Posted in Chinese

Culinary Chinese 101: The Wine House

The Wine House 1

Today’s lesson begins with the same picture with which we concluded last week’s post. In our lesson last week, we looked at the compound word 家常, meaning ‘Home-style’, and specifically focused on the first character, 家, which can mean home, family, or in some circumstances, ‘house’. In today’s post, we will be looking at a new compound in which 家 is used in the latter sense.

The sign above does specify that the restaurant serves 家常菜 but in the large character name it uses the 家 character without the 常 after it. Instead, we see that it is preceded by a character we have not encountered before and, in concluding the last post, I asked you to guess at what the two-character combination, 酒家, might mean.

If you guessed that 酒家 probably means restaurant, and that the full name of the establishment pictured above is ‘Sichuan Restaurant’, then kudos to you indeed. The character combination 酒家 does, in fact, get translated as ‘Restaurant’ but this is actually a very loose translation and, in order to see what I mean by that, we need to look at the 酒 in more detail…


The Wine House 2

The 酒 character can be found in many places (such as on wine bottles or in recipes, for example). It is extremely common in various culinary contexts and is well worth knowing…  As you can see, the character is formed by two components: The second (on the right) is often called the ‘wine radical’, and you can remember it because it looks very much like a wine jar with a stopper and some liquid at the bottom. This component occurs as part of many other characters of culinary interest.

The first component on the left is an extremely important one and you will see it occurring on the left side of hundreds of characters, both of a culinary nature, and otherwise. This is the so-called ‘water radical’ and, because of its resemblance to a spray of three water droplets, it is often referred to as ‘three drops water’. Be careful though… as we shall see a little further on, different fonts render this component in different ways.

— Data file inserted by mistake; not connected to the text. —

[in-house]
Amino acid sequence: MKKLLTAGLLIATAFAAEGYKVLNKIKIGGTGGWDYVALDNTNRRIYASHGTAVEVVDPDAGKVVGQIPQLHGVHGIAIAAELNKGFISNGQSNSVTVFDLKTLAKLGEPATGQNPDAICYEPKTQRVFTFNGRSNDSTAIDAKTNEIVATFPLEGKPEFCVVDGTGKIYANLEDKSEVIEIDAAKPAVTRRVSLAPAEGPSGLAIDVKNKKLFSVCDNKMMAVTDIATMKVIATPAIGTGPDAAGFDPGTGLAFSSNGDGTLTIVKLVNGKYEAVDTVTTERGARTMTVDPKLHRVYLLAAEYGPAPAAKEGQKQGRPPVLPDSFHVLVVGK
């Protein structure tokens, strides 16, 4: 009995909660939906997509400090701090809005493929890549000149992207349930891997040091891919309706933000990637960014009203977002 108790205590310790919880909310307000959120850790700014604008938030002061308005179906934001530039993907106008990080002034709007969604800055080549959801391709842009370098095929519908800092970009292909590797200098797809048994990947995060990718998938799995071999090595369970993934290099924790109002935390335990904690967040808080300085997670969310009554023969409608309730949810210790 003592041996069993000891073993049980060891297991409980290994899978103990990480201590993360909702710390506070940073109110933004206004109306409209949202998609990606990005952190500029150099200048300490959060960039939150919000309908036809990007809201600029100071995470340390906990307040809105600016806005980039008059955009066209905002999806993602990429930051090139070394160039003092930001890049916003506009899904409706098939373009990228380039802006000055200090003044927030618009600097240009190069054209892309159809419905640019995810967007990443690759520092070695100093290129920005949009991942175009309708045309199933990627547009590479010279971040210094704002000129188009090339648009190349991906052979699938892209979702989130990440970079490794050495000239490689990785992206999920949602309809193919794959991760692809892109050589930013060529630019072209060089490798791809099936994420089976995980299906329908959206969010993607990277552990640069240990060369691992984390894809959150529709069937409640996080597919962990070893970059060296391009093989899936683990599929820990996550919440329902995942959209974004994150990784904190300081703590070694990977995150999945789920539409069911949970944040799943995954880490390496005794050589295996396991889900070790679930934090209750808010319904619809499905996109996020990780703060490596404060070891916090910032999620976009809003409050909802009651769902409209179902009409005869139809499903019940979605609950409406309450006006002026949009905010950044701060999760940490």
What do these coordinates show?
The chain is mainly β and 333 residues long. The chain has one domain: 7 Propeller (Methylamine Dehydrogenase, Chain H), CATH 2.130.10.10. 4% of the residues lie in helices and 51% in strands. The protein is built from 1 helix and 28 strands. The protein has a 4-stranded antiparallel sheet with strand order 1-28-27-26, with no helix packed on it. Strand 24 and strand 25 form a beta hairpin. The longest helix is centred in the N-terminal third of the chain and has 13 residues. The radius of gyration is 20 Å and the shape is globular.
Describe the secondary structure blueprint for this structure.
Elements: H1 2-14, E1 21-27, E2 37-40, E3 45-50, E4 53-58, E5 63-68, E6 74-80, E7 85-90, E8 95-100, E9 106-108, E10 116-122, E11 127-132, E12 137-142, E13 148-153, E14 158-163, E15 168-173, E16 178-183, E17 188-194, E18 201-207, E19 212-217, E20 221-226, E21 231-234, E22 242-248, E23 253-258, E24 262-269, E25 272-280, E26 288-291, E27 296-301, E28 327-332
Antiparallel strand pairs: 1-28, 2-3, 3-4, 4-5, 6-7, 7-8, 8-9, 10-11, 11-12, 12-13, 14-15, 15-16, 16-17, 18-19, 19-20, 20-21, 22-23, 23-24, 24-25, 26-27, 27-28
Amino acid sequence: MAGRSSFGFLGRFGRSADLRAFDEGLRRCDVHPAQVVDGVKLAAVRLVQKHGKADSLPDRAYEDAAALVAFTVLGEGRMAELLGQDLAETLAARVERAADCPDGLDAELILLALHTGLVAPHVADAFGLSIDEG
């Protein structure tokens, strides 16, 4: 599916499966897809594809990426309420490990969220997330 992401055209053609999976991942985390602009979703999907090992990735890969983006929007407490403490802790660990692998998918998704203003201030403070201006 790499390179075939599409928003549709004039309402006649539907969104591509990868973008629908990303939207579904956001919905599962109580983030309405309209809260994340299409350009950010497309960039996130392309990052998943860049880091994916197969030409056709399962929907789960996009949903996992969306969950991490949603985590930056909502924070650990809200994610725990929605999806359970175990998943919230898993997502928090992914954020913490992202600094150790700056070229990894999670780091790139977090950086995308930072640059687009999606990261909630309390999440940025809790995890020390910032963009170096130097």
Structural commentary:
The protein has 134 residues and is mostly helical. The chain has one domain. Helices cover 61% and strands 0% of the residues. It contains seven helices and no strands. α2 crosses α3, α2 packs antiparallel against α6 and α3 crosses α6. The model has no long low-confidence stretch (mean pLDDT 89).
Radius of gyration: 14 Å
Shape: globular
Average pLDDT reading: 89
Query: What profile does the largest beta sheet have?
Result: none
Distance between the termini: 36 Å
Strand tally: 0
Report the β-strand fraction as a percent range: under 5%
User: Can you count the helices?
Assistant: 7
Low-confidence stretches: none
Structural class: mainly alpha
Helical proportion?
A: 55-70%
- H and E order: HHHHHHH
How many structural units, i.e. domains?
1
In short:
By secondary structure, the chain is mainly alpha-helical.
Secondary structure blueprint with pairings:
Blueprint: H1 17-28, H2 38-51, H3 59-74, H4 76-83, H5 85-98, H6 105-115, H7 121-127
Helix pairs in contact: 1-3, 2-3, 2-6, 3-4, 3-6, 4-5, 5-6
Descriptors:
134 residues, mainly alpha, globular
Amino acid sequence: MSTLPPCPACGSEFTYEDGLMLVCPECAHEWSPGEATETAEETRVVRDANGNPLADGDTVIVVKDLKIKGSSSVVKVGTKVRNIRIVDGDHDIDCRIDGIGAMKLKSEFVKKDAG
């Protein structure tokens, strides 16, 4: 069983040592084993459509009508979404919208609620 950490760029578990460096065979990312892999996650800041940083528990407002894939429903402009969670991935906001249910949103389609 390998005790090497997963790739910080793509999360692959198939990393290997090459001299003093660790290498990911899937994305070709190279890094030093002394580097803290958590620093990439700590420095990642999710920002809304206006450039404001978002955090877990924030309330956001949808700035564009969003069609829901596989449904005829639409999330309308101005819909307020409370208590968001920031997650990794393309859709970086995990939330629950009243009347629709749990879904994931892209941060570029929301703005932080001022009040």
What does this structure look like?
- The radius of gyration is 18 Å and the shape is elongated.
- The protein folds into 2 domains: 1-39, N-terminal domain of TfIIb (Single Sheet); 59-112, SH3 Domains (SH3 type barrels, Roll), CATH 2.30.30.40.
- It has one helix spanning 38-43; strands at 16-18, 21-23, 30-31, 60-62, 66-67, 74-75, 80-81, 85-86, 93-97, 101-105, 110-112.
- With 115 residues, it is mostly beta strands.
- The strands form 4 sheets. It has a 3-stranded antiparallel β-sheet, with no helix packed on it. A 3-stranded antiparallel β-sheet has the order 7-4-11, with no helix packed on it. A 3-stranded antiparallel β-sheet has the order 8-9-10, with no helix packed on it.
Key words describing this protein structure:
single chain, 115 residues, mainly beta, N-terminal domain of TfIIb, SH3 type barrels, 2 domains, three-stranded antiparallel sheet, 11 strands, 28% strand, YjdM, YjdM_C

The Wine House 3

While 酒家 are directly translated as ‘Winehouse’ (think ‘alehouse’), in modern use it is generally read as ‘restaurant’. There are many ways of saying restaurant in Chinese (and we shall look at a few more of these in due course), but 酒家 is quite common and you should keep an eye out for it. Naturally, you won’t usually need to read the characters to tell that a given establishment is a restaurant but being able to spot the characters together will help you recognize them when they appear separately in different contexts.

By the way, look at the ‘three dots water’ component in the above picture and then in the one before it. Can you see the differences? I mentioned that this component appears differently in different fonts and the two forms we see here are alternatives to each other. Both are very common.


The Wine House 4

Our two characters are fairly easy to spot here. The fonts are pretty simple and you will notice that the ‘water’ components of both 酒 characters are of the same form. I am presuming that whoever took the photo on the right was tickled by the restaurant name but can you see the ‘three dots water’ component in another character there?

The Wine House 5

Here, quite different fonts are used and you will notice that, this time, the alternate form of the ‘water component’ is used.

Incidentally, we have already encountered the character that appears twice before the ‘酒家’ in the left-hand picture. How would you translate the name of this establishment?

The Wine House 6

The fonts are starting to get a little trickier here and it is a little harder to recognize the ‘three dots water’.  Both restaurant signs also have another character with the water component on the left. Can you find them? The occurrence of this in the right hand image was encountered in a different picture earlier in this post.



The Wine House 7

Our final example shows two instances of fonts that are so stylized as to make recognizing the characters quite difficult. The ability to recognize them, however, becomes better with practice so keep an eye out for restaurant signs using this form of ‘restaurant’ in Chinese. Just as importantly, try and spot any occurrences of the ‘酒’ character appearing in different contexts…


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I am a lawyer by profession and my practice is Criminal... I mean, I specialize in Criminal law. My work involves travelling on Court circuits to remote Arctic communities. In between my travels I write a Food blog at

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